In recent years, “the U.S. federal regulatory burden has amounted to nearly $2 trillion annually. This amounts to a hidden tax of nearly $15,000 per household in a given year.” Pruning more regulations “would jumpstart the economy, finally resulting in the economic relief Americans have been waiting for: more jobs and higher wages. It would also help small business owners, driving more growth, investment, and productivity.”

However, the strong economy may not last. Many Obama-era regulations were so burdensome or politically risky that the Obama administration issued them in 2016, but with compliance dates in 2017 or 2018. That created an economic time-bomb for the incoming Trump administration. Although the Trump administration tried to delay the compliance dates of these costly regulations, liberal judges have blocked some of the delays based on procedural technicalities, such as the failure to solicit comment from the public before doing so. (It can take two years to repeal or alter a regulation through a formal notice-and-comment rule-making process).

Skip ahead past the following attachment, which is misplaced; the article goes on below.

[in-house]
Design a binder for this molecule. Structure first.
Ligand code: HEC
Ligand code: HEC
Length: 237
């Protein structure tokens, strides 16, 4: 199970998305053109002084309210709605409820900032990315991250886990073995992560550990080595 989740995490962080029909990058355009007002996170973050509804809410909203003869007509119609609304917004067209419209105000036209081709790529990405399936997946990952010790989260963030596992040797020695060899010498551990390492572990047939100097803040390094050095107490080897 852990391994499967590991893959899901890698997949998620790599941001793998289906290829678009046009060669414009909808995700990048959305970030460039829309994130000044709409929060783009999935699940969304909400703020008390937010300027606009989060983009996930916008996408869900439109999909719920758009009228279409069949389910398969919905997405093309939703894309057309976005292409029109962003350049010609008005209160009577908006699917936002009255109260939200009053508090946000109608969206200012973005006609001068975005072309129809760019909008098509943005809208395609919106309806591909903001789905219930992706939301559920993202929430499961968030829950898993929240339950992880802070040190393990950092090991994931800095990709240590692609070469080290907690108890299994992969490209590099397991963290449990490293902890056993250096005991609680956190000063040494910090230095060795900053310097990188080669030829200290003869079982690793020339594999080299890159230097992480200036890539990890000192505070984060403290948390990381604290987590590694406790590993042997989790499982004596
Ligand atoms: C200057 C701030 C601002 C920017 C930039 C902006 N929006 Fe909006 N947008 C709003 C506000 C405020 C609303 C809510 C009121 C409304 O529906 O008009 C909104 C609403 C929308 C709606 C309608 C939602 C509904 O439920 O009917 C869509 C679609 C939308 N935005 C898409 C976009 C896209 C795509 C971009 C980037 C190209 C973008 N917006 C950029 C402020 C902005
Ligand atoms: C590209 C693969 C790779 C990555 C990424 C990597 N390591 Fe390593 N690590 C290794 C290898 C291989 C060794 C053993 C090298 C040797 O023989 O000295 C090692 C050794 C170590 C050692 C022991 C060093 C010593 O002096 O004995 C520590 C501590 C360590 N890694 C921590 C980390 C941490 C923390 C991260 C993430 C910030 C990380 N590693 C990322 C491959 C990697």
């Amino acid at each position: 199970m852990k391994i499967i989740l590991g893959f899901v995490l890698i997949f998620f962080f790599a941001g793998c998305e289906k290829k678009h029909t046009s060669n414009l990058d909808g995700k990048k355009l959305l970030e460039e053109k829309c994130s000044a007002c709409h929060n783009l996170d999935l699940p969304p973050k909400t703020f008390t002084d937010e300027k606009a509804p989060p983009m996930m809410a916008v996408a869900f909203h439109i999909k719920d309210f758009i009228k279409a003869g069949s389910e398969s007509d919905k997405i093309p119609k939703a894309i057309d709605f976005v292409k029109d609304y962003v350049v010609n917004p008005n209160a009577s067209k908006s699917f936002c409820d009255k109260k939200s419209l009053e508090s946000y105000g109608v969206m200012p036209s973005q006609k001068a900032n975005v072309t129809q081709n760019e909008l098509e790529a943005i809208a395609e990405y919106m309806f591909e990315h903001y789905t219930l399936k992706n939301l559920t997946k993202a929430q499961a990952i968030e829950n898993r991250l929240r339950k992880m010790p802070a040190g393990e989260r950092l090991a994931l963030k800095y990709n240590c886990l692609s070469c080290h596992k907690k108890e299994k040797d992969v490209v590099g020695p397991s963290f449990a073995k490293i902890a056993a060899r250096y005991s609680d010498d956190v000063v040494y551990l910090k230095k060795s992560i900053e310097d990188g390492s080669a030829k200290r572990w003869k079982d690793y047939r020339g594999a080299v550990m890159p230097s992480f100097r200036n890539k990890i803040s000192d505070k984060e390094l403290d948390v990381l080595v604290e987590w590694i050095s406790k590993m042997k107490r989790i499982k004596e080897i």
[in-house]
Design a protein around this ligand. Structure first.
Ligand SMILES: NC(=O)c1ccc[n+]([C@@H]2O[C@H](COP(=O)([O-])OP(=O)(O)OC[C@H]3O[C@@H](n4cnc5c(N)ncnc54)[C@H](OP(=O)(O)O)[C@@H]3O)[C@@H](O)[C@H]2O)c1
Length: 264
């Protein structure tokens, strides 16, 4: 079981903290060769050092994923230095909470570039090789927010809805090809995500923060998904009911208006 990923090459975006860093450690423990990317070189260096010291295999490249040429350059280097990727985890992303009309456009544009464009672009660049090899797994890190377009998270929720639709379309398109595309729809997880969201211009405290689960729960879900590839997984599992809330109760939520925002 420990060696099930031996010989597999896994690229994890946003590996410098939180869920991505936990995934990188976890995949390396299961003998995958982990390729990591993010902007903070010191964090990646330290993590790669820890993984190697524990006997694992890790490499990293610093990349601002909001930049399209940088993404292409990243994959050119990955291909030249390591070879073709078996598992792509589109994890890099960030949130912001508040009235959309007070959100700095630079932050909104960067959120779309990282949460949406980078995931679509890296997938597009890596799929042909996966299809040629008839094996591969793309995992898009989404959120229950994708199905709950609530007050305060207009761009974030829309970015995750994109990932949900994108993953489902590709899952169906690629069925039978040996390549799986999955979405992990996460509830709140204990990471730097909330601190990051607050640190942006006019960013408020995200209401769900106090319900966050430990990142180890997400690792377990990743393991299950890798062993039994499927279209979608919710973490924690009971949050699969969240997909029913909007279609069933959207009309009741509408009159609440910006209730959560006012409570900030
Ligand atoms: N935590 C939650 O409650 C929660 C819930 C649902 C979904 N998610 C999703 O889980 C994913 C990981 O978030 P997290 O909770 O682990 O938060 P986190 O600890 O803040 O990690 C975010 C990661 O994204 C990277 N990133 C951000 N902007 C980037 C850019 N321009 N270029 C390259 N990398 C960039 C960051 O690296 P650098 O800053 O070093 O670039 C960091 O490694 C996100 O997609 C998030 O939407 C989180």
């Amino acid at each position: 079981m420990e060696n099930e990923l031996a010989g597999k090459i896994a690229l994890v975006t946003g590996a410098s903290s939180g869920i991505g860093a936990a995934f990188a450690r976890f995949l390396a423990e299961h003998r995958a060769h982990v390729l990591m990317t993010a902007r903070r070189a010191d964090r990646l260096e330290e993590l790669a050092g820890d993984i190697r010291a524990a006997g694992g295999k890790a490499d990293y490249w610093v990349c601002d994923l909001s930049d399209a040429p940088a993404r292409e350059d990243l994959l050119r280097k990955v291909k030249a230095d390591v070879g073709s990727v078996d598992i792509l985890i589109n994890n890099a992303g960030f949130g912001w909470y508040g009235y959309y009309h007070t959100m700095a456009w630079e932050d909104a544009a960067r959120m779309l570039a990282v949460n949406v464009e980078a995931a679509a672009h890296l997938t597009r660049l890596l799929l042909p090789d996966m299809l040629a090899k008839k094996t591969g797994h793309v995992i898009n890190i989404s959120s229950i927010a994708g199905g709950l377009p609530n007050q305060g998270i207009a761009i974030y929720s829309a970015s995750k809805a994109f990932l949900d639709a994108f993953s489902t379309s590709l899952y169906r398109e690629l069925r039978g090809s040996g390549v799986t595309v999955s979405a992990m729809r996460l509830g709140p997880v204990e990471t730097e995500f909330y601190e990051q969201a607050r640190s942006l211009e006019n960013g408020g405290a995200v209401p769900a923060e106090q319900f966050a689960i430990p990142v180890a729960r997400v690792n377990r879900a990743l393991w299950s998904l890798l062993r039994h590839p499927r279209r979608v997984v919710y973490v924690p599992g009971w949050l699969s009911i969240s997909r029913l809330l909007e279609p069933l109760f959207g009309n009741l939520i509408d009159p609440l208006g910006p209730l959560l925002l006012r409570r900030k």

When Obama took over from Bush in 2009, liberal think tanks such as the Center for American Progress claimed that a new administration’s delays of agency rules issued in the waning days of the previous administration didn’t require an agency to go through “notice and comment” before the delay could go into effect. But after Trump unexpectedly won the 2016 election, liberal think tanks and interest groups changed their tune. With liberal backing, special-interest groups sued the Trump administration, and got liberal judges to block some of the Trump administration’s delays based on the very procedural requirements that liberals previously claimed didn’t apply.

With Trump picking new judges to fill over 100 judicial vacancies, the federal judiciary may get more conservative. As a result, the administration may get a more sympathetic hearing in future challenges to the administration’s delay or repeal of economically-harmful Obama-era regulations.